I’m referring to the book of Proverbs in the Old Testament. No matter what day it is, just pick the corresponding chapter and read the short, pithy statements of wisdom. It’s ancient wisdom that rings with shocking clarity thousands of years later. It’s helpful to remember that proverbs are wisdom literature, attempting to summarize those truths which are generally true of God’s world and of people. They may or may not be true in your particular situation, but reading them WILL give you insight into true wisdom for life. And who doesn’t want to get more wisdom?
I recently jumped back into Proverbs and as the month came to a close, I was struck by some of the comments in the last few chapters. They seemed to echo much of the angst that is sweeping our nation in light of the decisions and conversations coming out of Washington. I urge you to check out Proverbs chapter 28 and 29. Here’s a sampling:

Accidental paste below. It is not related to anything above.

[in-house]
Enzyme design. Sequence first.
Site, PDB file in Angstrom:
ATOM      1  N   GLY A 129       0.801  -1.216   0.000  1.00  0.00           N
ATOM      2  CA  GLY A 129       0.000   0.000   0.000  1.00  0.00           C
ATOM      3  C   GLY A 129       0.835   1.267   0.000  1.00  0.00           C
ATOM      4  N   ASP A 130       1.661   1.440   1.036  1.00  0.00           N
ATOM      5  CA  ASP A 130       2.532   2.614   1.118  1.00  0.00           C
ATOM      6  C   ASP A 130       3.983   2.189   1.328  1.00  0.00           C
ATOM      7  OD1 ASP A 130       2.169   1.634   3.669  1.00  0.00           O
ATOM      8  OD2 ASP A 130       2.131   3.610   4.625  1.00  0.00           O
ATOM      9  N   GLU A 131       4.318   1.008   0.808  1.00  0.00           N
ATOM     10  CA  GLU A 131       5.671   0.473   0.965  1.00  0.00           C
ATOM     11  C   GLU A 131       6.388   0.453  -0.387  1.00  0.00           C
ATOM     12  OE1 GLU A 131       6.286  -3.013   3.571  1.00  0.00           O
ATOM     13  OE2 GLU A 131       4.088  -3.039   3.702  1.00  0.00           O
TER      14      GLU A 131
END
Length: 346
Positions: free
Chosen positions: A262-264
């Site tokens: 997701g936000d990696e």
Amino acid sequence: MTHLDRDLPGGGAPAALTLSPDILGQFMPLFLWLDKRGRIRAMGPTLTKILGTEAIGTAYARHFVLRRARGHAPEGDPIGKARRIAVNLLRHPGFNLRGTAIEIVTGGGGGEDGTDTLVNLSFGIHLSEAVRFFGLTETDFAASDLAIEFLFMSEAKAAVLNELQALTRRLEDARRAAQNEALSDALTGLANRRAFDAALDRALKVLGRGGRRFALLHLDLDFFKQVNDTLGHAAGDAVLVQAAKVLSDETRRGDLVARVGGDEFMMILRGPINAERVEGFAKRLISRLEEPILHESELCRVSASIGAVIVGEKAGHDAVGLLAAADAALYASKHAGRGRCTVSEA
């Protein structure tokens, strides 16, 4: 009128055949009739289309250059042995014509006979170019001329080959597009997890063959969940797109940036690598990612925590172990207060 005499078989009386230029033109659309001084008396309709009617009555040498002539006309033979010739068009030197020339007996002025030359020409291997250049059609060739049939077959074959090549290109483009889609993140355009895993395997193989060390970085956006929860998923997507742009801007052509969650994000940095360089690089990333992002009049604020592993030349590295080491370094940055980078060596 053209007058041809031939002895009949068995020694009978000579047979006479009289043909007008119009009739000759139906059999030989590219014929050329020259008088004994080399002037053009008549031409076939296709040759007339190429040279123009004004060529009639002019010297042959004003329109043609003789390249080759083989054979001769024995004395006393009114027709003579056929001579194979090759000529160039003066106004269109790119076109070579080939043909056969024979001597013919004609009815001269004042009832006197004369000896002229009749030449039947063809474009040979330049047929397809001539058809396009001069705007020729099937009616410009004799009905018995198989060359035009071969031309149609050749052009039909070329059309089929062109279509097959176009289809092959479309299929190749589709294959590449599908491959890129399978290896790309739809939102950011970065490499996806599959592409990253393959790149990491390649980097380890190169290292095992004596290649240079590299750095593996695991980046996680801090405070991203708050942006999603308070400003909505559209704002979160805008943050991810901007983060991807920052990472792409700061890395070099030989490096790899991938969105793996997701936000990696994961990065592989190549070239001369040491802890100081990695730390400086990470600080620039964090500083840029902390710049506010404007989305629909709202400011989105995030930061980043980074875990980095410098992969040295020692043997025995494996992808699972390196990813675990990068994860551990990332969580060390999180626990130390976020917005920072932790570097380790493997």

- A ruler who oppresses the poor is like a driving rain that leaves no crops.
- The rich are wise in their own eyes; one who is poor and discerning sees how deluded they are.
- When the wicked rise to power, people go into hiding.
- By justice a king gives a country stability, but those who are greedy for bribes tear it down.
- The righteous care about justice for the poor, but the wicked have no such concern.
- When the righteous thrive, the people rejoice; when the wicked rule the people groan.
- If a ruler listens to lies, all his officials become wicked.